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What’s cooking today: Spicy beef, brinjal and chickpea bake

Spicy beef, brinjal and chickpea bake made with homemade ras-el-hanout. (Photo: Tony Jackman)

I hesitate to call a dish ‘Moroccan’ if it isn’t an authentic dish from that country. This is inspired by that spicy and fruity cuisine and includes a quick recipe for ras-el-hanout, the key Moroccan spice blend.

Ras-el-hanout

Let’s make ras-el-hanout first if, like me, you’re something of a spice hoarder. Alternatively, ras-el-hanout should be available at quality grocers or speciality food stores. Allspice is the hard, round, small seed, not the product known as mixed spice. 

Ingredients

1 tsp each of ground cumin and ground ginger

½ tsp each of ground coriander seeds, cinnamon, cayenne pepper, and allspice

⅓ tsp ground cloves

1 tsp salt

½ tsp black pepper

Method

I only had hard allspice and cloves so I ground them (separately) in the grinder component of my old-fashioned Kenwood blender. Make sure it’s as fine as you can achieve.

Mix all of the ground spices together. That’s it.

The beef, brinjal and chickpea bake:

Ingredients

1 large onion, chopped

2 garlic cloves, chopped (plus more for frying the brinjals if you like)

Olive oil (for frying the onions and for the brinjals)

60 g tomato paste

1 x 400 g chopped tomatoes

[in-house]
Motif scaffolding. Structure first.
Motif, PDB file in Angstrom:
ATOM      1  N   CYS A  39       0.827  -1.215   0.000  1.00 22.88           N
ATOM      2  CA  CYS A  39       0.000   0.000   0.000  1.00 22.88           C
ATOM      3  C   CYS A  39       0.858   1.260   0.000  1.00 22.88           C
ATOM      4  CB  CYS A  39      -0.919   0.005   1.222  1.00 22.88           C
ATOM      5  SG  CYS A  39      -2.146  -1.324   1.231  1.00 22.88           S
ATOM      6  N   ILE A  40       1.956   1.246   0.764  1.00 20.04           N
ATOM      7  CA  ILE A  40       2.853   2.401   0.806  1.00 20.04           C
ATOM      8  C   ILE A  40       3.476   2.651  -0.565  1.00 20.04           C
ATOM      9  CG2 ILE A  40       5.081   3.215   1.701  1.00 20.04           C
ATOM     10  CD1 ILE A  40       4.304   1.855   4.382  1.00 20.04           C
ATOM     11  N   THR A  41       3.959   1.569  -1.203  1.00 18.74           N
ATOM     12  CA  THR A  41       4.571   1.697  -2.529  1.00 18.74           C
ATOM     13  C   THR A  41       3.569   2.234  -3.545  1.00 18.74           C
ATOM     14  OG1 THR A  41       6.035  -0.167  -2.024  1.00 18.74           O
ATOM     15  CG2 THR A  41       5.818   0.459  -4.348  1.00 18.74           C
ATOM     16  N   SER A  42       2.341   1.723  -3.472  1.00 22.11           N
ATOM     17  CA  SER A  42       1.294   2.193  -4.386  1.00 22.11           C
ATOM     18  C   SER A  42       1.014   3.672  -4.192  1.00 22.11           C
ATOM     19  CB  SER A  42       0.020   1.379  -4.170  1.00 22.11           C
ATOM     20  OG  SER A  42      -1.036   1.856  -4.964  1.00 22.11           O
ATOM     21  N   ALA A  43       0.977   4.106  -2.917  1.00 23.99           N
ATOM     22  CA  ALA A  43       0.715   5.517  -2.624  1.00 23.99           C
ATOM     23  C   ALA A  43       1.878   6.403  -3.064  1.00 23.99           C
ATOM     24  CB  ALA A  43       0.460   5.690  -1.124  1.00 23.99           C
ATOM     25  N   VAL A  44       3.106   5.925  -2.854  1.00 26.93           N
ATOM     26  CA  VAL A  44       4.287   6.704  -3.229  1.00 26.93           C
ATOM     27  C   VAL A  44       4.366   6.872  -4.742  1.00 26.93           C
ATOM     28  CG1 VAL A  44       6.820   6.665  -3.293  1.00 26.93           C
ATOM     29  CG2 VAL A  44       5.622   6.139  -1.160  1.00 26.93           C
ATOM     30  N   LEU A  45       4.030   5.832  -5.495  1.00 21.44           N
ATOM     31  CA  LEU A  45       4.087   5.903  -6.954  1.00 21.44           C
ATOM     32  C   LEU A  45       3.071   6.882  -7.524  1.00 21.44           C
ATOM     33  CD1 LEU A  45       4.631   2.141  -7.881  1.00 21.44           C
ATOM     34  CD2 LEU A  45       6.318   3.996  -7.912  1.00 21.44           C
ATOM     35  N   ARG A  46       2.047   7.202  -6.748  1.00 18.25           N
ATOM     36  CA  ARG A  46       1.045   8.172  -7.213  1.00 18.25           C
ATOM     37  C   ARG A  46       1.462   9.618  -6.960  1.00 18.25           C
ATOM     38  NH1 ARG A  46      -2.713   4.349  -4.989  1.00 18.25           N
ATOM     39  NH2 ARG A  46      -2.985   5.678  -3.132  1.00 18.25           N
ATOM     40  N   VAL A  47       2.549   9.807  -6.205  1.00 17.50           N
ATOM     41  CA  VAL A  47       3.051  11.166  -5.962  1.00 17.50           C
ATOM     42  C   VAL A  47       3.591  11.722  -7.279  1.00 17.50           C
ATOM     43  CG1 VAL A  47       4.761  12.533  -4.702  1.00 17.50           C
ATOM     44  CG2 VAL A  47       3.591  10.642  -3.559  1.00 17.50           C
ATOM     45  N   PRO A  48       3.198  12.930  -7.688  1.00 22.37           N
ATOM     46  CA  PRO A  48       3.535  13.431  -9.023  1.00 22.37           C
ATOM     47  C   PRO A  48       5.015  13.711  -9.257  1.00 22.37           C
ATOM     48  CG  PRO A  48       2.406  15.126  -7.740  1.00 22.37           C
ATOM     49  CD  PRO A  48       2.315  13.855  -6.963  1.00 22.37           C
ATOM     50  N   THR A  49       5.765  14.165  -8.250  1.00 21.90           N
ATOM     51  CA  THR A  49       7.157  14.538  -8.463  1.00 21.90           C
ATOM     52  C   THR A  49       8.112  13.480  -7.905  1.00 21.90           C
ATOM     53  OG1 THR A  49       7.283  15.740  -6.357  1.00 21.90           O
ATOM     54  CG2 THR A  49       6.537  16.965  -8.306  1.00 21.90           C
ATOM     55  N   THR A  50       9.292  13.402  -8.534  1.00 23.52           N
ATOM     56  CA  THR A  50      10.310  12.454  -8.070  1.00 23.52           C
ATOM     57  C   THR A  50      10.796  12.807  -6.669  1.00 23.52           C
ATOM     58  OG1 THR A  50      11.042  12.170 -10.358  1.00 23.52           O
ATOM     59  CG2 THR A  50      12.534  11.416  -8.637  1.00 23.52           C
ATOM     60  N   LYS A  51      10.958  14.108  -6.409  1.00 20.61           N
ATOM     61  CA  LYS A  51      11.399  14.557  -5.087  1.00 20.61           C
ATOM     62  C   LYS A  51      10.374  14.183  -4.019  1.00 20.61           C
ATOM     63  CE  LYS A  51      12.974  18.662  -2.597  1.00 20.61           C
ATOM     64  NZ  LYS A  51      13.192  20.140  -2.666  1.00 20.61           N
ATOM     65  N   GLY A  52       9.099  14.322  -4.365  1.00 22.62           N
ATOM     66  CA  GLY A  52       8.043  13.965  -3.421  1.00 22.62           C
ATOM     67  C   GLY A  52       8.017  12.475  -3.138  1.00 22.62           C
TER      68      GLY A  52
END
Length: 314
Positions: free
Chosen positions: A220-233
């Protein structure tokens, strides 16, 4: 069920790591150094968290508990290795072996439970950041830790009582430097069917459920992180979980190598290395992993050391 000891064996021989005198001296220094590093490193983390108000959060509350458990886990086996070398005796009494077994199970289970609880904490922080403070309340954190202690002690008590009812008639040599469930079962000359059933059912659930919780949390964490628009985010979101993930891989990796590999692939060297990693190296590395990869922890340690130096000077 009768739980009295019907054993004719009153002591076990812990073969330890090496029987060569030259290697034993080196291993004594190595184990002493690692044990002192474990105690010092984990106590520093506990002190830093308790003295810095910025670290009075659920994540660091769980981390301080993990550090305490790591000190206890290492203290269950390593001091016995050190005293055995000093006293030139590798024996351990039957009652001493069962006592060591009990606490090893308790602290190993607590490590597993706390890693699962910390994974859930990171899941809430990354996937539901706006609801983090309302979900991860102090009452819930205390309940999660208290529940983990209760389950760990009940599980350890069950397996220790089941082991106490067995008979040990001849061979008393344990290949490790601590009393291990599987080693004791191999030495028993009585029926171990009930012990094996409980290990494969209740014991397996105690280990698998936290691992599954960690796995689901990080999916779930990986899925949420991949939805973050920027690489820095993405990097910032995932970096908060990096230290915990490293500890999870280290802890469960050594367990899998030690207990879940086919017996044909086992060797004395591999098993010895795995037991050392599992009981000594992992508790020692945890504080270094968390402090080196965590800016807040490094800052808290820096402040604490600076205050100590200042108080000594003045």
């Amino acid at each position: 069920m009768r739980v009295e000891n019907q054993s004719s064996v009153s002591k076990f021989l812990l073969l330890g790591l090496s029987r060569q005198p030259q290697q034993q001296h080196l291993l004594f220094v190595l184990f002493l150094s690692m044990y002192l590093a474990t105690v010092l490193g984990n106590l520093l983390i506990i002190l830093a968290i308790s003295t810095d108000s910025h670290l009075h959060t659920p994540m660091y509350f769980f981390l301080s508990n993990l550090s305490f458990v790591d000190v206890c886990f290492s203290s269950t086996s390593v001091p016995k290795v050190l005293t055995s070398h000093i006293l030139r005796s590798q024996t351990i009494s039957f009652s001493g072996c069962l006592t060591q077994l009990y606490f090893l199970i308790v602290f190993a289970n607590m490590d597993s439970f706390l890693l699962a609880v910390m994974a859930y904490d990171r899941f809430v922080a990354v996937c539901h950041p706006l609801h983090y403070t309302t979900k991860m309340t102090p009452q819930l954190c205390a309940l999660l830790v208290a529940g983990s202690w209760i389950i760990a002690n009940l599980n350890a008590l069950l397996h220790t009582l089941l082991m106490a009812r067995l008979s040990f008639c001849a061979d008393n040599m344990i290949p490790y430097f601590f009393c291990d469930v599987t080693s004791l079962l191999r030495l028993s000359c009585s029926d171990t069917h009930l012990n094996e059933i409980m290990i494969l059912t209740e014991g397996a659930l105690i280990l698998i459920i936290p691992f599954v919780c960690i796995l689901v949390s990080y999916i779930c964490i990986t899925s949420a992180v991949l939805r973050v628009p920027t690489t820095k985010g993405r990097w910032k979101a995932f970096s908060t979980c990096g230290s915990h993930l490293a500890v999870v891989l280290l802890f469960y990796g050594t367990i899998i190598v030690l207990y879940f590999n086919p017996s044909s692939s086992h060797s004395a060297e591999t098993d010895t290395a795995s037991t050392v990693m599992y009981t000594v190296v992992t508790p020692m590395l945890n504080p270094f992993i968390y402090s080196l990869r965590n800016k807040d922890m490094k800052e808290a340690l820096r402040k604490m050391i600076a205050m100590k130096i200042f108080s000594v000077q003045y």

1 x 400 g chickpeas and its aquafaba (brine)

½ cup sultanas

1 heaped Tbsp ras-el-hanout (that’s about half of the quantity for it above)

600 g lean beef mince

Salt to taste

2 large brinjals/ eggplant/ aubergines, sliced

2 big ripe tomatoes, sliced

Coriander leaves and stems, chopped

200 g Cheddar cheese (or other such as Gruyere)

Method

Fry the onions and garlic gently in olive oil until lightly golden. Give them time to caramelise a little, it gives them more flavour.

Add the tomato paste and braise for a couple of minutes while stirring.

Add the can of chopped tomatoes and the aquafaba from the chickpeas can and simmer, stirring, for a few minutes.

Add the beef mince and work it with a wooden spoon so it does not clump. Make sure the meat is well incorporated into the sauce.

Add the chickpeas and sultanas, salt and the ras-el-hanout, and the chopped coriander stems (but not leaves), stir, and simmer for a good half hour for the mince to cook through.

In the meantime, heat the oven to 200℃. 

Fry the brinjal slices in olive oil with a little salt, and a little garlic if you like, until soft and browned on both sides. Keep aside.

Grease a deep oven dish.

Ladle the cooked mince into the dish and even it out. Lay the brinjal slices out to cover. Sprinkle chopped coriander leaves over so that their flavour is picked up between the brinjals and the tomatoes. Slice the tomatoes and lay them on the brinjals/coriander. Grate Cheddar over the top.

Bake for about half an hour. It doesn’t really need anything else but you could have a simple salad with it if you like. DM/TGIFood

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